This questionnaire study (n=45) found that participants, right after an ayahuasca ceremony, scored significantly higher on measures of self-compassion, self-criticism, and self-reassurance. Although the study was not blinded (everyone received ayahuasca), and was taking within 24 hours after treatment, it provides promising results.
“Objective: Ayahuasca is a psychedelic brew that originated in the Amazon basin. The psychological effects of this drug are becoming better understood due to the growing research interest in identifying new potential therapeutic agents for the treatment of emotion dysregulation and other disorders. Previous studies suggest that ayahuasca enhances mindfulness-related capacities (decentering, non-judging, non-reacting and acceptance) and emotion regulation. The aim of the present exploratory study was to determine the effects of ayahuasca on self-compassion in a community sample.
Methods: We administered validated questionnaires (the Self-Compassion Scale-Short Form and Forms of Self-Criticism and Self-Reassurance) to evaluate pre-post changes in self-compassion and self-criticism/self-reassurance in 45 volunteers (27 women; 60%) before and after (≤24 h) an ayahuasca ceremony. Most participants (n = 29; 67.4%) had previously used ayahuasca.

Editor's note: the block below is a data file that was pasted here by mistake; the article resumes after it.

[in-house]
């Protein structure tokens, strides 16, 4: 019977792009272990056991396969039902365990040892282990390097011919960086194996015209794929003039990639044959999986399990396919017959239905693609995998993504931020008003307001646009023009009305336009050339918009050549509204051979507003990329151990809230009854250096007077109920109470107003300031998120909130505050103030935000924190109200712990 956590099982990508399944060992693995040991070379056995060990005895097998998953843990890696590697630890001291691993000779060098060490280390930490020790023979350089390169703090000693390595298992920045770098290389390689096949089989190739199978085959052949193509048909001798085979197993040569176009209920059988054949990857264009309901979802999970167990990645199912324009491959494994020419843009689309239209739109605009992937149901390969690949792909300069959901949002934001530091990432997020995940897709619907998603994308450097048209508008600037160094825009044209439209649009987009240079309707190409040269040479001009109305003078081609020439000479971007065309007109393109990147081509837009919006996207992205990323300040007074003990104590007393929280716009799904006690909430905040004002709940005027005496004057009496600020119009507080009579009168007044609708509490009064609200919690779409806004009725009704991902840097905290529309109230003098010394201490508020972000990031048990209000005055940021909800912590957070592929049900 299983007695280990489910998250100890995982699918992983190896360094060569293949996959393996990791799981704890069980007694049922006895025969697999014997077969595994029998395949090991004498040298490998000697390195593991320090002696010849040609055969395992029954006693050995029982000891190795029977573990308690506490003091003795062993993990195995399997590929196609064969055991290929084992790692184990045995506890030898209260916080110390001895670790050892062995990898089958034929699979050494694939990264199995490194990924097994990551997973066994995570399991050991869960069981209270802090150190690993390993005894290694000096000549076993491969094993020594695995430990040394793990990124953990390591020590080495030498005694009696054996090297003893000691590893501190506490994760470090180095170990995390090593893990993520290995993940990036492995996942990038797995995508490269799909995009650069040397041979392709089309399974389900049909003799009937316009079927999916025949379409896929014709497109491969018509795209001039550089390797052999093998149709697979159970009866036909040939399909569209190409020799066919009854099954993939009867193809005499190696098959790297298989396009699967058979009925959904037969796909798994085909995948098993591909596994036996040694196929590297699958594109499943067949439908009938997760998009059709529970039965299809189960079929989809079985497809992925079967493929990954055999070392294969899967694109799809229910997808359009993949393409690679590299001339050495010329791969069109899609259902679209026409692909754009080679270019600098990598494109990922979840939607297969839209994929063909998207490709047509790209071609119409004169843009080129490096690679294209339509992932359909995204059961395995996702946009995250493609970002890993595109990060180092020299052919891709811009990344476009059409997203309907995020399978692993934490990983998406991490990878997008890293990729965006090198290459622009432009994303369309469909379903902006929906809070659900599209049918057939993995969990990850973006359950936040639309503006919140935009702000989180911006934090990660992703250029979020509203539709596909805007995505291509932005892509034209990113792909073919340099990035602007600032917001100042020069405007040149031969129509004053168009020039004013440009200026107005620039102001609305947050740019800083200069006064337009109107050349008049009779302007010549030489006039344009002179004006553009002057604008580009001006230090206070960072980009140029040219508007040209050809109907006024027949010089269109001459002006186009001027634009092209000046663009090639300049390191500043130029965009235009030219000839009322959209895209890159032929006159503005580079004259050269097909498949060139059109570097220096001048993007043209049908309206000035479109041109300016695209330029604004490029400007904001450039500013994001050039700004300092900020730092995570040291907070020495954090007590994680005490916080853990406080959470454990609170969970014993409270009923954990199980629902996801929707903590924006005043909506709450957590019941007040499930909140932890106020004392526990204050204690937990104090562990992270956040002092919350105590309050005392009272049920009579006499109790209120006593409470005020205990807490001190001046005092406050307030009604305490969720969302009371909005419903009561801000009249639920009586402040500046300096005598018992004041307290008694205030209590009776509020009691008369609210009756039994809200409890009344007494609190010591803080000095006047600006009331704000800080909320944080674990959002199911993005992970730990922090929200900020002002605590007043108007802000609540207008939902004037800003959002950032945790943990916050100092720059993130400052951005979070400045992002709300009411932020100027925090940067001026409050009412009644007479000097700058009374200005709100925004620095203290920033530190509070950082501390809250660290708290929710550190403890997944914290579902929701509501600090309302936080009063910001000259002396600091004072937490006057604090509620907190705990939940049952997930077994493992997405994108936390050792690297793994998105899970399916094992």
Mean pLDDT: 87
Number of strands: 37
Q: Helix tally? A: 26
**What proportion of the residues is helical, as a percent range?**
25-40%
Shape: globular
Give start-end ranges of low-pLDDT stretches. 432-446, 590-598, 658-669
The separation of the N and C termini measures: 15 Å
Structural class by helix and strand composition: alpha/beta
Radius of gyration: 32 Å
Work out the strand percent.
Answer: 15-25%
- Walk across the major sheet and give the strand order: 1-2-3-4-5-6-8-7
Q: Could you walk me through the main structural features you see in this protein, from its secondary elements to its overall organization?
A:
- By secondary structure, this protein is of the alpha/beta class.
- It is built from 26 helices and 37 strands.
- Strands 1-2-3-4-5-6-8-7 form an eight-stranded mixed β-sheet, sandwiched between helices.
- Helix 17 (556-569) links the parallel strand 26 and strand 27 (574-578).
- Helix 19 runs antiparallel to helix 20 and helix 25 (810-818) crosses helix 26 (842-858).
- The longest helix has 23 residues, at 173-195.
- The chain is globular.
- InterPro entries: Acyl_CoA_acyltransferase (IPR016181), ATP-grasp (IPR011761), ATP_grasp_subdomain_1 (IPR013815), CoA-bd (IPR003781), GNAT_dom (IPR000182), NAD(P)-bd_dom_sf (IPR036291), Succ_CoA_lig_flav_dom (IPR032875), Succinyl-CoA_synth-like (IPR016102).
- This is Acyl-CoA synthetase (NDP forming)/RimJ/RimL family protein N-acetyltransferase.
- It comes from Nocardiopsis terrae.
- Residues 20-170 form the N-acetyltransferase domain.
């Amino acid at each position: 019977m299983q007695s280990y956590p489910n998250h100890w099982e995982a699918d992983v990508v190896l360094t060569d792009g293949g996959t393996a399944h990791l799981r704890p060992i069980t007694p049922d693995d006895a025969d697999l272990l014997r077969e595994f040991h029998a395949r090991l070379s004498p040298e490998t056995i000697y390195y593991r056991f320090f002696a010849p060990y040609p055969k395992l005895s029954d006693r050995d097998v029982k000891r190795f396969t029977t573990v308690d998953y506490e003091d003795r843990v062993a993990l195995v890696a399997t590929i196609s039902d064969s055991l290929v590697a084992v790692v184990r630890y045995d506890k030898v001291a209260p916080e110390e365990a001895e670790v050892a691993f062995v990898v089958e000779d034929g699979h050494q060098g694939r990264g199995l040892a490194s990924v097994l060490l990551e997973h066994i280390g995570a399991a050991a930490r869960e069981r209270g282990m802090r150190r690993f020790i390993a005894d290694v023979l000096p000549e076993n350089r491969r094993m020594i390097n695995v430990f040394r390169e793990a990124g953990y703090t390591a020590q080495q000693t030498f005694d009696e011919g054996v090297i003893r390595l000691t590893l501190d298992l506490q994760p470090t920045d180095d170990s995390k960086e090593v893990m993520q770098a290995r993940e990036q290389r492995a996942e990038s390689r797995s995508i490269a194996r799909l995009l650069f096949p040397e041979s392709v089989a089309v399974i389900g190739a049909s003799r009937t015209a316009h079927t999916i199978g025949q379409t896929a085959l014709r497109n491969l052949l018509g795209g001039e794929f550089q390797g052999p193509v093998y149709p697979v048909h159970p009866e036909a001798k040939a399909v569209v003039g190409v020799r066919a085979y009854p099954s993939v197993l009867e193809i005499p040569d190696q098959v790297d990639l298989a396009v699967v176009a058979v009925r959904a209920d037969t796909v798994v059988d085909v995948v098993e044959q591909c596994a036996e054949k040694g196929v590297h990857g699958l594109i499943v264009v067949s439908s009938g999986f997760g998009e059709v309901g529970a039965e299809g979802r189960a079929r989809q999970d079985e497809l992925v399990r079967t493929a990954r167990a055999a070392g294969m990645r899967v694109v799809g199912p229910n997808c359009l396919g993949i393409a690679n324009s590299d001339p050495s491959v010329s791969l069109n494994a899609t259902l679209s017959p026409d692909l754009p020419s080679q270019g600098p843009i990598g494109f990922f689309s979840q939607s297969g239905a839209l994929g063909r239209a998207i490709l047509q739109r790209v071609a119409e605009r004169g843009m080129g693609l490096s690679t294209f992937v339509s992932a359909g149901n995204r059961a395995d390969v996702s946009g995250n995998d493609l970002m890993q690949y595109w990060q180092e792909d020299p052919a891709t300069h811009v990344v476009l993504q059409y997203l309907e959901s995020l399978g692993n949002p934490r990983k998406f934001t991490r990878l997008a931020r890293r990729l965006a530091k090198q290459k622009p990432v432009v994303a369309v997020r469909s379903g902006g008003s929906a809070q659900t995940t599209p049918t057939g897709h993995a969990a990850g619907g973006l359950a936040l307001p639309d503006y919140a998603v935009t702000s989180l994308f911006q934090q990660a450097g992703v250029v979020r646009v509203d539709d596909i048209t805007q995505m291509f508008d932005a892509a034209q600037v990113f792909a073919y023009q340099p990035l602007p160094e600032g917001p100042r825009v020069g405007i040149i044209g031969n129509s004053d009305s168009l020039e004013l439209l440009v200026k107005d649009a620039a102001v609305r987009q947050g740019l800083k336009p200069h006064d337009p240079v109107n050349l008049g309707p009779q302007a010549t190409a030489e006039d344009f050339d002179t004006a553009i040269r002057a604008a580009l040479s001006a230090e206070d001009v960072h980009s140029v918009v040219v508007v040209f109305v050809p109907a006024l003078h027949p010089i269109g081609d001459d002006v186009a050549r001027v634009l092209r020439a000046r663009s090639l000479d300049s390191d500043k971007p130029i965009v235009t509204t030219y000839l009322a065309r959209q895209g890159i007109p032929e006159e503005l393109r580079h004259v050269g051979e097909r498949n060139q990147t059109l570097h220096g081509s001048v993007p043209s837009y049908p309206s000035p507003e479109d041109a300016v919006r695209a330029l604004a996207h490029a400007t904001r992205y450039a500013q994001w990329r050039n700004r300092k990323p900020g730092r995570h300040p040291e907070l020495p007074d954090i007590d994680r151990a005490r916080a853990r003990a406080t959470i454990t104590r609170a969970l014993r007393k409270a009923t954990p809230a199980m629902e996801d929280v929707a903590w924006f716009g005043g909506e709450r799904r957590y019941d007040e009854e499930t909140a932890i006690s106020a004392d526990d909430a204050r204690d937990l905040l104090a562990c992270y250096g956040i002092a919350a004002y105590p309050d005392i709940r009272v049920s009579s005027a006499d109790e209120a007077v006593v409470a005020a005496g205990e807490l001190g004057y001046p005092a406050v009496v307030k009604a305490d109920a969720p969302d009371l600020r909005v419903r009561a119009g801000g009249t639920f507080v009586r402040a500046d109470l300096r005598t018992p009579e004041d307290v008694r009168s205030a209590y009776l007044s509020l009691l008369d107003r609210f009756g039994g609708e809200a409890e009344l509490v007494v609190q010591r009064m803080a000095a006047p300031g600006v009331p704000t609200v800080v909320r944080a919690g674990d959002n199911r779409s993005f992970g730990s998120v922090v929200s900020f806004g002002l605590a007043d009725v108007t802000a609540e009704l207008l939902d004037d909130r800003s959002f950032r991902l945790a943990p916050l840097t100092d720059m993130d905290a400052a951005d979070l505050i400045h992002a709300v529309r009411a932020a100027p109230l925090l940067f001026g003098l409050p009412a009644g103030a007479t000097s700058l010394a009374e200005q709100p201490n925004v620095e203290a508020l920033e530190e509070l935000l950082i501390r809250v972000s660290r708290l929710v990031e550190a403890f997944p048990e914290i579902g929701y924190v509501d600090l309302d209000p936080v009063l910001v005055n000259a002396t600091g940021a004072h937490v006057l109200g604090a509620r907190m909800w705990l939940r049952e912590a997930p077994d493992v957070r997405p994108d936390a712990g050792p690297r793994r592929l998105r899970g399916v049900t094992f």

Results: Ayahuasca resulted in significant improvements, with medium to large effect sizes (η2 = 0.184-0.276), in measures of self-compassion (p < 0.05), self-criticism (p < 0.01) and self-reassurance (p < 0.01).
Conclusions: The findings of this study suggest that ayahuasca promotes well-being and self-compassion, which could have a therapeutic effect on individuals with negative affect and other psychopathological conditions. Large, controlled studies are needed to confirm these findings.”
Authors: Elisabet Domínguez-Clavé, Joaquim Soler, Matilde Elices, Alba Franquesa, Enric Álvarez & Juan C. Pascual
Find this paper
August 19, 2021